LINCOLN, Neb. The Lincoln Chamber of Commerce says start-up company, Ink Labs. inc. has the potential to be the next big start-up in Lincoln.
On Wednesday, the company announced it’s moving it’s headquarters from the Silicon Valley to the Silicon Prairie.
Ink’s signature product, the Ink Smart Station is already being used by students at the University of Nebraska.
The station allows students and staff to print, scan and mail documents and pictures from the kiosk.
The company did a pilot program with the University for six months running parallel with the previous print structure.
On January 1, 2016 co-founder Jonathan Manzi said they were the only show in town. “The pilot was successful. That was our first major client,” Manzi said.
Since then, Ink has expanded to 12 college campuses. In effort to continue growing, Ink will move it’s headquarters into the Fuse Coworking Building in the Railyard area.
“For us the Midwest provided an amazing opportunity to scale up our supporting operations,” Manzi said.
There are three big reasons why Manzi said they wanted to move Ink’s headquarters to Lincoln.
The first, is credited to what he calls an “amazing start-up community.”
“We look at companies like Hudl, one of the biggest start ups in the Midwest,” Manzi said.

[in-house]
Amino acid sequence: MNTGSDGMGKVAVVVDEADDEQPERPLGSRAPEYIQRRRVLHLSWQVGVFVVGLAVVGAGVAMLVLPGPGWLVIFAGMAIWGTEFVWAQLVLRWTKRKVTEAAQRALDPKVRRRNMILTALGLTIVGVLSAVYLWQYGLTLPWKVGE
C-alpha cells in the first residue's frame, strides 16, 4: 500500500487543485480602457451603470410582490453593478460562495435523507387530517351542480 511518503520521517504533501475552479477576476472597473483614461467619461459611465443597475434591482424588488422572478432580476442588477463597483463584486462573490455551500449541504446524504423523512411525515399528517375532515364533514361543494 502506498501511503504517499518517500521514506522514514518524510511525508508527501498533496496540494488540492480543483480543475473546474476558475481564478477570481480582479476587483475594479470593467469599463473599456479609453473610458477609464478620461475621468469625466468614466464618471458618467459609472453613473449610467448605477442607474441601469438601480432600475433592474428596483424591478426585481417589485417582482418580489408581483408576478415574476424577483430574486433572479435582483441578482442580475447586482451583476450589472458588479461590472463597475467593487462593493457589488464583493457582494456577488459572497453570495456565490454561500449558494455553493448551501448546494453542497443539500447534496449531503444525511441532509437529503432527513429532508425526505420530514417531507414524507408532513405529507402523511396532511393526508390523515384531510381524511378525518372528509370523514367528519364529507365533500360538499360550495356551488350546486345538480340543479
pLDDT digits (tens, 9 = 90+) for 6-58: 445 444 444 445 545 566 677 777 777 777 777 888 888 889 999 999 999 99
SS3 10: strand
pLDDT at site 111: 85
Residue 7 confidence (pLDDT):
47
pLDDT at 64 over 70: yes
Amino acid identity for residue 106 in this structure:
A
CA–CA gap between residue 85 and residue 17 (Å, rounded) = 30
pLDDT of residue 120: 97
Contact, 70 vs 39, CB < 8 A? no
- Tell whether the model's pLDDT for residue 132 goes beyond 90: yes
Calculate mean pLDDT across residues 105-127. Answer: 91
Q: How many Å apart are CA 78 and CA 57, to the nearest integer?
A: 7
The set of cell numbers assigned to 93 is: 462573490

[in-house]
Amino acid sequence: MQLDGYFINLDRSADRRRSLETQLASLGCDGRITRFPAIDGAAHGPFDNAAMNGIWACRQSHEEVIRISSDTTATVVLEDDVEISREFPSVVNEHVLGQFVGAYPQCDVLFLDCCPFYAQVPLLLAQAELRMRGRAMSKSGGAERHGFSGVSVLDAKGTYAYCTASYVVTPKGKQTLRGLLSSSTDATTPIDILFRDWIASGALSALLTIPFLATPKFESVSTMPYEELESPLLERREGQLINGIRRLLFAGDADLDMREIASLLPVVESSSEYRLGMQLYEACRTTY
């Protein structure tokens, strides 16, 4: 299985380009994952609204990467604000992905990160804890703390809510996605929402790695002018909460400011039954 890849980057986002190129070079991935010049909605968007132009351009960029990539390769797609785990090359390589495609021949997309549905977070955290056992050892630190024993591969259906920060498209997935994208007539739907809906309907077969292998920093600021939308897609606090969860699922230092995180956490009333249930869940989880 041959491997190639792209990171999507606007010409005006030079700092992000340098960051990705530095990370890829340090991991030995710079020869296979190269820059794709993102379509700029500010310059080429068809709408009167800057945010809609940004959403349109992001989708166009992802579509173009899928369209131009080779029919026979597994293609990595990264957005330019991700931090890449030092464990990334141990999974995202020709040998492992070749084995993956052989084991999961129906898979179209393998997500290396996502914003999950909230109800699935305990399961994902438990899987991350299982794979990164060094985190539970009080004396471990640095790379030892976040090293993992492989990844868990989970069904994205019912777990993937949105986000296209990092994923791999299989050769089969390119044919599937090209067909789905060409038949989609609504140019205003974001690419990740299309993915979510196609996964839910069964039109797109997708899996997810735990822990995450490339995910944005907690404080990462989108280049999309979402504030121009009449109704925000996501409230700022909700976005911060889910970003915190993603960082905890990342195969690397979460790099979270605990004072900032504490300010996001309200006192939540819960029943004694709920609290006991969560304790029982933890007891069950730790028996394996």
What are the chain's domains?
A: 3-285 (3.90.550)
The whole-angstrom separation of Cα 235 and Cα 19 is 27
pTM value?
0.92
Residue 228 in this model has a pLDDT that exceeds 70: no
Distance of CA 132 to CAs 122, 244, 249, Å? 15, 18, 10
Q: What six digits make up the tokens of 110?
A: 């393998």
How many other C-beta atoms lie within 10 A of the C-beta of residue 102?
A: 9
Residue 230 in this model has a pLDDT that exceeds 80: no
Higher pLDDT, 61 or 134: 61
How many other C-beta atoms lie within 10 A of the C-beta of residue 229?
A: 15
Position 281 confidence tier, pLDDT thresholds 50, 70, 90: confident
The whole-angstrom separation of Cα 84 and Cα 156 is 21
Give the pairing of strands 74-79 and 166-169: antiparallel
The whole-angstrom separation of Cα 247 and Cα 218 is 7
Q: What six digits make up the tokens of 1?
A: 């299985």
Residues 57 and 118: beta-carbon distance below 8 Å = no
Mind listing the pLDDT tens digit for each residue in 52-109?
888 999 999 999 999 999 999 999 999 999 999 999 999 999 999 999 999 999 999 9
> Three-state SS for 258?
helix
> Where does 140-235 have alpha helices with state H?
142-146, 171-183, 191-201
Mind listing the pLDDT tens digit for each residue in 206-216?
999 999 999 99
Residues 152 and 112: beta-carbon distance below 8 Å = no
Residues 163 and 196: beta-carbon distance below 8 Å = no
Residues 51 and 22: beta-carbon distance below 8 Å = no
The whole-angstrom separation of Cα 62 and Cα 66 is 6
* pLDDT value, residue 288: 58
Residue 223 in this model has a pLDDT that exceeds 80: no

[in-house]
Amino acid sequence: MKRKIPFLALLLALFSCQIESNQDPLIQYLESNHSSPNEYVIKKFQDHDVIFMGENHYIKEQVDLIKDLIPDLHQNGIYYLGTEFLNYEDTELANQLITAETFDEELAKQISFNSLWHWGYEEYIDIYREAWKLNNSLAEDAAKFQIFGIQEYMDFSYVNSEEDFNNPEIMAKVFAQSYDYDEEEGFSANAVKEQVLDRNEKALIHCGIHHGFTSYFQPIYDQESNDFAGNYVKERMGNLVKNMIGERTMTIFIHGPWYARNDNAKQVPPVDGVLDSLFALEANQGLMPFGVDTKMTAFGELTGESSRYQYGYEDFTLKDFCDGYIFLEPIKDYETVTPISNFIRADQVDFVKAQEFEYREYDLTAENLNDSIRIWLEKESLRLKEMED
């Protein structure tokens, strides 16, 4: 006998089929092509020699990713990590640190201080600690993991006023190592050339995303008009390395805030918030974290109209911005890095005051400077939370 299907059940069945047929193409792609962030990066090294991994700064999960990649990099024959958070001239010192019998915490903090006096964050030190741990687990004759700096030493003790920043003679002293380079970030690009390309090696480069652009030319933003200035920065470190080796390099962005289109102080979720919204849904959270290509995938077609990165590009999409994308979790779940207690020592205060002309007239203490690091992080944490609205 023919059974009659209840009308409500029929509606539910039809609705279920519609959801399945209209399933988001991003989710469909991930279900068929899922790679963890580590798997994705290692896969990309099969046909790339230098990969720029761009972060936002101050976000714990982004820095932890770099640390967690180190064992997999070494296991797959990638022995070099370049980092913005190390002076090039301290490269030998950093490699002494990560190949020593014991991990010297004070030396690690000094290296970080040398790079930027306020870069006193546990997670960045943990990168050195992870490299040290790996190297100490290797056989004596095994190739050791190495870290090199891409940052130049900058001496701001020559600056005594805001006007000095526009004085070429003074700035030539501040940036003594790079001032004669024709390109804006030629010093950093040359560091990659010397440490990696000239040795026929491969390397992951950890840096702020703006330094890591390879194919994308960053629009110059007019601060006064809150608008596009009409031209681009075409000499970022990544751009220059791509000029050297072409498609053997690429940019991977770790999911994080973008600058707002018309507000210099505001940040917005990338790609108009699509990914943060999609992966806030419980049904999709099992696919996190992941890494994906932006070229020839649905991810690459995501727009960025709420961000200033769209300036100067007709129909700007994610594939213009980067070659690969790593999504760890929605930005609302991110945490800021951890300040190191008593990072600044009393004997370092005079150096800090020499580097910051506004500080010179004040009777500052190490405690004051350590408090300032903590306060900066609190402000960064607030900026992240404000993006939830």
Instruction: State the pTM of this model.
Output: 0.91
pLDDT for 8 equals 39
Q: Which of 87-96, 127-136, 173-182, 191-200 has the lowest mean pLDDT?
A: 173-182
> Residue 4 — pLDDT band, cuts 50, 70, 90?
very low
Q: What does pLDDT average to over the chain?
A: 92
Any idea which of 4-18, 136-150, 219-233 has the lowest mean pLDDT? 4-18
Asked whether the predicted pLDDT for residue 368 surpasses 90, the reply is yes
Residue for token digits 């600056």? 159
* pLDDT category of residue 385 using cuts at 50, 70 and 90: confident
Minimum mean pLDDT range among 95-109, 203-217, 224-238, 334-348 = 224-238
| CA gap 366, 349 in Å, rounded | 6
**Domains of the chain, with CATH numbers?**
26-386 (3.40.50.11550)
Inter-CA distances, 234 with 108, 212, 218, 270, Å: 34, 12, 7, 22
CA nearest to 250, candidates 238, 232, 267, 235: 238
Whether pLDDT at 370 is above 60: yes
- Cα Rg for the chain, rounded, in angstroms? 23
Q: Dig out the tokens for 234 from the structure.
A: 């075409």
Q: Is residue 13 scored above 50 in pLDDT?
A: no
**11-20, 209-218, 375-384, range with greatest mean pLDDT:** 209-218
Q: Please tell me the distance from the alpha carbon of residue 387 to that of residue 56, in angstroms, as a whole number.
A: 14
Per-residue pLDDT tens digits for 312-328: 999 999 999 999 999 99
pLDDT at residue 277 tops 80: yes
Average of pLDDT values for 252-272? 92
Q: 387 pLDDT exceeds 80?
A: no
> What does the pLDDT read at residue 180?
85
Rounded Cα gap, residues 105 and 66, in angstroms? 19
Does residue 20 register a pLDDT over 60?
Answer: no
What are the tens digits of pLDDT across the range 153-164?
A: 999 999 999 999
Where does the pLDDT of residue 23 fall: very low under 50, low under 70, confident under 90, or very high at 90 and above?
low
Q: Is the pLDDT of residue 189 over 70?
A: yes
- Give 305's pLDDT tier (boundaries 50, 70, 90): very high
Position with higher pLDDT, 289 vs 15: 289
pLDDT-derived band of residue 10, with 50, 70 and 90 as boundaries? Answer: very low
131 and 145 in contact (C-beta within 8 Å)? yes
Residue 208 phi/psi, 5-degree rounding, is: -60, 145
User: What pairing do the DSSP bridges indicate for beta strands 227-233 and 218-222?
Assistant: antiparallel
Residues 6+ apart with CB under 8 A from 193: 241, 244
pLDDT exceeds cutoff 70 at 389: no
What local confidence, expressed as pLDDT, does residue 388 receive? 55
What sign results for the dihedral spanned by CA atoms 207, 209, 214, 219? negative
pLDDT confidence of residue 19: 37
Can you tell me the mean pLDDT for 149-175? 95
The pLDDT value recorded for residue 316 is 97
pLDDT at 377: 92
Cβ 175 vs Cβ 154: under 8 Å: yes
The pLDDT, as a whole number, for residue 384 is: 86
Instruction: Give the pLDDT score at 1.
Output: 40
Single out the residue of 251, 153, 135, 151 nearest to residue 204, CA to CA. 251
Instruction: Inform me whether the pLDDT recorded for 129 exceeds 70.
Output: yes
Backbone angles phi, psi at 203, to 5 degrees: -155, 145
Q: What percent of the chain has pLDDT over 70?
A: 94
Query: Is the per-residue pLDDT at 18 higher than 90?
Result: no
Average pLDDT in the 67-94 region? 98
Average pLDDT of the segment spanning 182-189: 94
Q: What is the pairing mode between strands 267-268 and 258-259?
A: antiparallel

The second reason is the quality of life in Lincoln.
The third deals with the University of Nebraska. “To co-create with them, then with students to be right in the backyards of a powerhouse like university of UNL, it makes Lincoln a grand slam,” Manzi said.
Governor Ricketts says with Ink moving to Lincoln, it’s just another step towards growing Nebraska.
“What we want to do is find more companies like Ink to relocate here,” Governor Ricketts said. “That’s bringing not only a new company, but new jobs and great paying jobs.”
The announcement was made in coordination with the Lincoln Partnership for Economic Development, the Nebraska Department of Economic Development and Invest Nebraska.
Ink was founded and backed by a Stanford student, the founders of Redbox, the CEO of Zappos, and the president of Warner Bros, who all believe improving small things can lead to big changes. Ink has applied this philosophy, smart technology and a customer-focused model to revolutionize the way students print, and express themselves, on campus.